Recommended by:
      Laconic Lib, Mr MadAsHell

      much appreciation for the threat of Climate Change -- or what needs to be done about it -- as the average moderate Democrat.

      And this state of affairs is supposedly a good argument for not seeing the disconnect between a President who claims to understand the import of Climate Change yet specifically chose to meet with oil execs -- not known for even acknowledging Climate Change, much less promoting the green technologies that could, you know, save the planet -- rather than meet with those gathered that same day to promote policies that put such understanding into actual, you know, action.

      There's no accounting for taste in judgment, especially among those who identify with the average voter, or think that the understanding of the average voter ought to be a yardstick for determining if we're on the right track regarding Climate Change.

      The Class, Terror and Climate Wars are indivisible and the short-term outcome will affect the planet for centuries. -WiA "When you triangulate everything, you can't even roll downhill..." - PhilJD

      by Words In Action on Thu Feb 21, 2013 at 06:19:58 AM PST

      [ Parent ]

  •  Opportunities to the left (2+ / 0-)

    If one looks at our politics like an ecosystem, the unfilled niches are to the left of most incumbent Democrats.  Sooner or later, those niches will attract ambitious politicians, whatever their label.  I am not so wedded to partisanship that I would not welcome the choice.

  •  Karnacki opined yesterday that the rethugs would (7+ / 0-)

    be entrenched in the House for a few cycles because of redistricting and urban vs rural populations, unless they blow it..........It's in their nature to blow it.

    •  And in our best interests to help them blow it. (10+ / 0-)

      If I ran this circus, things would be DIFFERENT!

      by CwV on Thu Feb 21, 2013 at 04:59:41 AM PST

      [ Parent ]

    •  I saw and heard that opinion (3+ / 0-)
      Recommended by:
      skillet, JanetT in MD, Odysseus

      And from my perspective, it is highly dependent on people "staying put". And perhaps that is the one strategic bet the GOP is placing: if the economy stays less than dynamic, little changes the demographic nature of the seats they drew after 2010.

      It's a loser bet, and it will unravel faster than their lines are designed to accommodate. People simply don't migrate in predictable and rational ways. And to put it delicately, a critical portion of the GOP base is becoming "no longer eligible for SS benefits" a bit more rapid than "planned". They will hang on to deeply rural districts no matter what. But their districts that have significant suburban components near larger cities will change far less favorably and more rapidly than intended. The combination of demography and a growing if grudging acceptance than all "Gubmint" is neither too big or evil will take its toll on GOP legislative success.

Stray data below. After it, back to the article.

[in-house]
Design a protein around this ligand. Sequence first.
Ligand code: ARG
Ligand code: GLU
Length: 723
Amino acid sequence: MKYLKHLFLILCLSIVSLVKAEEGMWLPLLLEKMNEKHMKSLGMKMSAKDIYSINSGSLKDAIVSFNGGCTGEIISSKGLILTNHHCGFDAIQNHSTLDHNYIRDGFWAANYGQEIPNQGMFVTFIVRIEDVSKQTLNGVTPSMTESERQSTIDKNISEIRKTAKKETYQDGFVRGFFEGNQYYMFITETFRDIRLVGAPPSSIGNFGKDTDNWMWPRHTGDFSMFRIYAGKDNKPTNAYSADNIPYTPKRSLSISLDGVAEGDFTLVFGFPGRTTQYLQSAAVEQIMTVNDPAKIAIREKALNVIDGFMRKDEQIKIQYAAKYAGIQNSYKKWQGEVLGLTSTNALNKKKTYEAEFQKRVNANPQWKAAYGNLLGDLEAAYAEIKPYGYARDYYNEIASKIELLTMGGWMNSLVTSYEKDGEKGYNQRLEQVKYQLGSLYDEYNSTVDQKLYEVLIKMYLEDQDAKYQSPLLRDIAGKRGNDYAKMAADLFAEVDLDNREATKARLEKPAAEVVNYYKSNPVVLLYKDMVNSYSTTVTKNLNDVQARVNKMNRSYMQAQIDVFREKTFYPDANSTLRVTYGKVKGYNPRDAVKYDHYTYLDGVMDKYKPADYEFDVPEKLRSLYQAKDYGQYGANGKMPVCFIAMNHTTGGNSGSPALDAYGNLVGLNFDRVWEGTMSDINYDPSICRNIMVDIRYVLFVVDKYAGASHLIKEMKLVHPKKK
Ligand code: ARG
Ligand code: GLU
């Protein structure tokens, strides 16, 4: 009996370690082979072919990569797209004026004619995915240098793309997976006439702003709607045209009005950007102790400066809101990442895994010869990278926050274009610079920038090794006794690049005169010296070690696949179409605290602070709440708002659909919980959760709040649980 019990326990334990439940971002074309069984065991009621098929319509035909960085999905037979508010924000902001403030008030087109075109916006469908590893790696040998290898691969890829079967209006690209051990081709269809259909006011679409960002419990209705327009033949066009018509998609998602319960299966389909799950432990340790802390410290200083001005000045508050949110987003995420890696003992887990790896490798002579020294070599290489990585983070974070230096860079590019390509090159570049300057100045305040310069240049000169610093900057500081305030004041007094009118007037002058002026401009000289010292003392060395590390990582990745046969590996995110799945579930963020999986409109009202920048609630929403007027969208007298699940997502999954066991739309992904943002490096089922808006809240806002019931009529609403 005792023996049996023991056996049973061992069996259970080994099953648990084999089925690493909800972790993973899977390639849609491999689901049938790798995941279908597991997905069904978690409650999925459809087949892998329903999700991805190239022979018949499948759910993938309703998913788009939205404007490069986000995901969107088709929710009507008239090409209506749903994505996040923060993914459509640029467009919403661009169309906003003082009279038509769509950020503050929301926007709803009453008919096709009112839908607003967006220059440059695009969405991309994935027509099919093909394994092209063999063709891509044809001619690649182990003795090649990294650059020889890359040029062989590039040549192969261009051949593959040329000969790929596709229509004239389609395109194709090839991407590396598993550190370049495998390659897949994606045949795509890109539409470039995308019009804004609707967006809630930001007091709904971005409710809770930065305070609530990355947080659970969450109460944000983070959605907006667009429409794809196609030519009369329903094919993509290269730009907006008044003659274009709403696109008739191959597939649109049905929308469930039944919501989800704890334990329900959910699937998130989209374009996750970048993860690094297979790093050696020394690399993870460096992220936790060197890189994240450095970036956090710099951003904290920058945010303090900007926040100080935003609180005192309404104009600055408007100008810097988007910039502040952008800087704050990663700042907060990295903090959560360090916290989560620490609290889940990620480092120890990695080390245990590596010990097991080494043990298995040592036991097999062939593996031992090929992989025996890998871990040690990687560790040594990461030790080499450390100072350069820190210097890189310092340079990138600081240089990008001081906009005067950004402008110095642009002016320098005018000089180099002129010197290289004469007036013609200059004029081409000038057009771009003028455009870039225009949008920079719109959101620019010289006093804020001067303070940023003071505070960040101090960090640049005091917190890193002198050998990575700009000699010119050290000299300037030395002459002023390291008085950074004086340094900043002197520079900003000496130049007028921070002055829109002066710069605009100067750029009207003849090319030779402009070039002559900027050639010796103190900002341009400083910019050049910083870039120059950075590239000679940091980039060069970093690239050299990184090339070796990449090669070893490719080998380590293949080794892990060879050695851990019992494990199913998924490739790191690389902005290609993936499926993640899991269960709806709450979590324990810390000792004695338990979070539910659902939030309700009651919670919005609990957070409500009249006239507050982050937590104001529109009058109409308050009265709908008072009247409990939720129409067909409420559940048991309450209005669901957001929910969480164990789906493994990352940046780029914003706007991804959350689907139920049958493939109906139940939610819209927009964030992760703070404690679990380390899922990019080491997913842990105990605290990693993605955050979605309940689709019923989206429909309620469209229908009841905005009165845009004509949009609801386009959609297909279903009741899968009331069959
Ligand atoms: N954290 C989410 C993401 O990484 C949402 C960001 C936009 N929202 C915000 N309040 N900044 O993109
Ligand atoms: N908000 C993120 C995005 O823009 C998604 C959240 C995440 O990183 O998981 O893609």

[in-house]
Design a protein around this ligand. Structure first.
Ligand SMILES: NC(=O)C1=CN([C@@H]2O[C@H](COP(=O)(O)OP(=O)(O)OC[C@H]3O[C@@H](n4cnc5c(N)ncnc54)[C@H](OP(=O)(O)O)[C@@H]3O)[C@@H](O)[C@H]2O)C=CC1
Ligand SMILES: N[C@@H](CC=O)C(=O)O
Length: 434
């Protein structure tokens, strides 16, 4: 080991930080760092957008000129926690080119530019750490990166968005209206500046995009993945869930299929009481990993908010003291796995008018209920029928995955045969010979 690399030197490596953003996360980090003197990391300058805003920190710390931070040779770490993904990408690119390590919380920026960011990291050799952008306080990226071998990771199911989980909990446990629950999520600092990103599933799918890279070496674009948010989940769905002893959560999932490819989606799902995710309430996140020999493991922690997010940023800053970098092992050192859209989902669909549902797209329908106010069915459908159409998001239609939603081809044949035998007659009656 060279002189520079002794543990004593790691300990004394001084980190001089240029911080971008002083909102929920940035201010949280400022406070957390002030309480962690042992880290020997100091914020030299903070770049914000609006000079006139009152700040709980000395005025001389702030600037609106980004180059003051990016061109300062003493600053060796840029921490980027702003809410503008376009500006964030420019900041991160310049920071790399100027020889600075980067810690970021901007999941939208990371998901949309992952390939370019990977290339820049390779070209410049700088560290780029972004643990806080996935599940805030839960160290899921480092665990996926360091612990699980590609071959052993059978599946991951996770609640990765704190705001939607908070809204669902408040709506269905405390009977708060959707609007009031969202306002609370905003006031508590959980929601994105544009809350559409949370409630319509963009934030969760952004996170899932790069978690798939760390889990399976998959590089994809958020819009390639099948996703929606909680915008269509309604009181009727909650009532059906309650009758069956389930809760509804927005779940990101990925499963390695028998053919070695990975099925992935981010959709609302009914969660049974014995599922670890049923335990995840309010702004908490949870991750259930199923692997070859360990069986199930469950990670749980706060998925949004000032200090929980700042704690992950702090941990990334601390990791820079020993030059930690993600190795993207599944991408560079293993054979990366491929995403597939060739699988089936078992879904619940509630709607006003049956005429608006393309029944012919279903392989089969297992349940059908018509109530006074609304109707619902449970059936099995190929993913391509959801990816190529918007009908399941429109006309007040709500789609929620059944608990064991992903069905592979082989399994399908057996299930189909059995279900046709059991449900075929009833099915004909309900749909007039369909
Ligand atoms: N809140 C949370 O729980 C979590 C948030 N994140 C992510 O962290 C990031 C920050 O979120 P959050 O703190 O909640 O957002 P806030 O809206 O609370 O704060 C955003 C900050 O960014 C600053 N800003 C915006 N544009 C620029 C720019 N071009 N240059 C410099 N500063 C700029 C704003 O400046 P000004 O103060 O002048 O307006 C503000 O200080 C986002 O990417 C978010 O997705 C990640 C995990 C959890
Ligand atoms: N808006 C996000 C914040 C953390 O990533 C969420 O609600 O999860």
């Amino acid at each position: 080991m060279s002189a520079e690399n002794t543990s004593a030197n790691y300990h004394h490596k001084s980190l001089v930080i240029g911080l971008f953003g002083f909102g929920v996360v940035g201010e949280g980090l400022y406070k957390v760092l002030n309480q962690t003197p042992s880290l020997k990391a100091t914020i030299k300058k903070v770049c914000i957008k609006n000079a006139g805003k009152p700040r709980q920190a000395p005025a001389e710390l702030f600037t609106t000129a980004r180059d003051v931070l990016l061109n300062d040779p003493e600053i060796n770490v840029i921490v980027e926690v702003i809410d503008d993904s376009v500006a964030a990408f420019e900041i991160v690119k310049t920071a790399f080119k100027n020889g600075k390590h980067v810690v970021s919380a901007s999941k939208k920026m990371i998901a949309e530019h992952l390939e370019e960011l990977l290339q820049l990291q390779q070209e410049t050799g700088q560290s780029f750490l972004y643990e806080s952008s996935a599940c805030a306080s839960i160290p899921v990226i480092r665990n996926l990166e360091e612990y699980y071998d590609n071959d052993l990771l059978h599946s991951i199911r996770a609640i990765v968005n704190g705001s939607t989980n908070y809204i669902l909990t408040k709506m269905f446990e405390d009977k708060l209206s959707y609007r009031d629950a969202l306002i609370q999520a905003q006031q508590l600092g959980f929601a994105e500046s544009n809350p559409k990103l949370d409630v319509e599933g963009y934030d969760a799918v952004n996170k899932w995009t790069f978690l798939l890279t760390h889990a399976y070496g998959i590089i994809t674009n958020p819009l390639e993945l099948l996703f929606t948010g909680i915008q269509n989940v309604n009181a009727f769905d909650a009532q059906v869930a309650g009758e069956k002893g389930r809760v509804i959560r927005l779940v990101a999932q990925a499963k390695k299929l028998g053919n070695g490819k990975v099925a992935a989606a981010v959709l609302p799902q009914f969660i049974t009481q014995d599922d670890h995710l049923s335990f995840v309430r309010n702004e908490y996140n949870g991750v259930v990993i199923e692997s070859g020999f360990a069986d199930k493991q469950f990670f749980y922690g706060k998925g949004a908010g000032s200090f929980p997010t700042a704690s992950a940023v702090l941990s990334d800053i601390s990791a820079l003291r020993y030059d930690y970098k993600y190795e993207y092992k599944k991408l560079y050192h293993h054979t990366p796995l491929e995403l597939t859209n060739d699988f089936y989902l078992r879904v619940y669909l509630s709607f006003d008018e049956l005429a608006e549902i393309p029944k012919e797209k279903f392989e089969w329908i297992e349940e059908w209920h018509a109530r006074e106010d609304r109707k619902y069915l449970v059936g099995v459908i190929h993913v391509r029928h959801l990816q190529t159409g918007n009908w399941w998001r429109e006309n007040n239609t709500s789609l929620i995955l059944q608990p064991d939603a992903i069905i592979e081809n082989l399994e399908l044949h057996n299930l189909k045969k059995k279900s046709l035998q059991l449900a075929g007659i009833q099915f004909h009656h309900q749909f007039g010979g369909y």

If I was to place a bet today, we gain another ten seats in the House in 2014 despite the GOP Maginot Lines, and hand the Speaker's Gavel to Pelosi or someone else (hopefully not Steny, who I know well enough because he was my "Critter" when I lived in Maryland) in 2016. My bet may be more ambitious in six months.

      When you are right you cannot be too radical; when you are wrong, you cannot be too conservative. --Martin Luther King Jr.

      by Egalitare on Thu Feb 21, 2013 at 05:47:27 AM PST

      [ Parent ]

      •  An interesting strategy would be for Democrats (10+ / 0-)

        to analyze the gerrymandered districts and create mechanisms to assist progressives in relocating to places where there votes would most help. Employment, housing, even moving assistance...

        Many, many red areas just aren't that heavily populated that it would take much of a migration to tilt electoral outcomes.

        Call it a progressive underground railroad.

        The Class, Terror and Climate Wars are indivisible and the short-term outcome will affect the planet for centuries. -WiA "When you triangulate everything, you can't even roll downhill..." - PhilJD

        by Words In Action on Thu Feb 21, 2013 at 06:24:52 AM PST

        [ Parent ]

        •  Red areas or red districts. (0+ / 0-)

          All Congressional Districts in any state have almost the same popultion. With only a few exceptions in very small states, all congressional districts in the country have nearly the same population.

          Red districts have, usually, less density. They have, therefore, greater area. (Until 2004, the IL CD map looked like a red lake with 3 lonely blue islands. The smallest of those islands contained 7 CDs.)

          Moving in Democrats would be a tremendously expensive way to change the balance.

          •  If someone has to move anyway (0+ / 0-)